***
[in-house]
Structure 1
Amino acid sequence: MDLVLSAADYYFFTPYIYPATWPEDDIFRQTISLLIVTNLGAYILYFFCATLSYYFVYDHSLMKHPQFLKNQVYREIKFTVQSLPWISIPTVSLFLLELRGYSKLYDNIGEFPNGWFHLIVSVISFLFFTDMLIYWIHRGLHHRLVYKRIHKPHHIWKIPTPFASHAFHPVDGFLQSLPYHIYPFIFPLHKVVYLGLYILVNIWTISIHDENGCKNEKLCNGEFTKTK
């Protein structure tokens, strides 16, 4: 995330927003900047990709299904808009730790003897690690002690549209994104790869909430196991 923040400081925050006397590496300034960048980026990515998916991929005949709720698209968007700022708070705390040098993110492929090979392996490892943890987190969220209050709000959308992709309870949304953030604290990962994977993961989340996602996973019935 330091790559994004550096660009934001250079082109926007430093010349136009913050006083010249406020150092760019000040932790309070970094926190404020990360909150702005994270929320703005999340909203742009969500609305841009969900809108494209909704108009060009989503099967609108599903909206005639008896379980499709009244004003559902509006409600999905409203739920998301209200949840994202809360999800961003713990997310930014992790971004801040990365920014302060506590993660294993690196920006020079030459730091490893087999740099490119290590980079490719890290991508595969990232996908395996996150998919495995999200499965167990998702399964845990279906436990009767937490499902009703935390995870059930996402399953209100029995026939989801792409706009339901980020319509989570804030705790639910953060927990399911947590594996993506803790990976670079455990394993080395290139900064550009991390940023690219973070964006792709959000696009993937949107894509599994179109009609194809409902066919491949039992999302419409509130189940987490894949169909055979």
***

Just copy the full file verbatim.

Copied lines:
[in-house]
Structure 1
Amino acid sequence: MDLVLSAADYYFFTPYIYPATWPEDDIFRQTISLLIVTNLGAYILYFFCATLSYYFVYDHSLMKHPQFLKNQVYREIKFTVQSLPWISIPTVSLFLLELRGYSKLYDNIGEFPNGWFHLIVSVISFLFFTDMLIYWIHRGLHHRLVYKRIHKPHHIWKIPTPFASHAFHPVDGFLQSLPYHIYPFIFPLHKVVYLGLYILVNIWTISIHDENGCKNEKLCNGEFTKTK
């Protein structure tokens, strides 16, 4: 995330927003900047990709299904808009730790003897690690002690549209994104790869909430196991 923040400081925050006397590496300034960048980026990515998916991929005949709720698209968007700022708070705390040098993110492929090979392996490892943890987190969220209050709000959308992709309870949304953030604290990962994977993961989340996602996973019935 330091790559994004550096660009934001250079082109926007430093010349136009913050006083010249406020150092760019000040932790309070970094926190404020990360909150702005994270929320703005999340909203742009969500609305841009969900809108494209909704108009060009989503099967609108599903909206005639008896379980499709009244004003559902509006409600999905409203739920998301209200949840994202809360999800961003713990997310930014992790971004801040990365920014302060506590993660294993690196920006020079030459730091490893087999740099490119290590980079490719890290991508595969990232996908395996996150998919495995999200499965167990998702399964845990279906436990009767937490499902009703935390995870059930996402399953209100029995026939989801792409706009339901980020319509989570804030705790639910953060927990399911947590594996993506803790990976670079455990394993080395290139900064550009991390940023690219973070964006792709959000696009993937949107894509599994179109009609194809409902066919491949039992999302419409509130189940987490894949169909055979």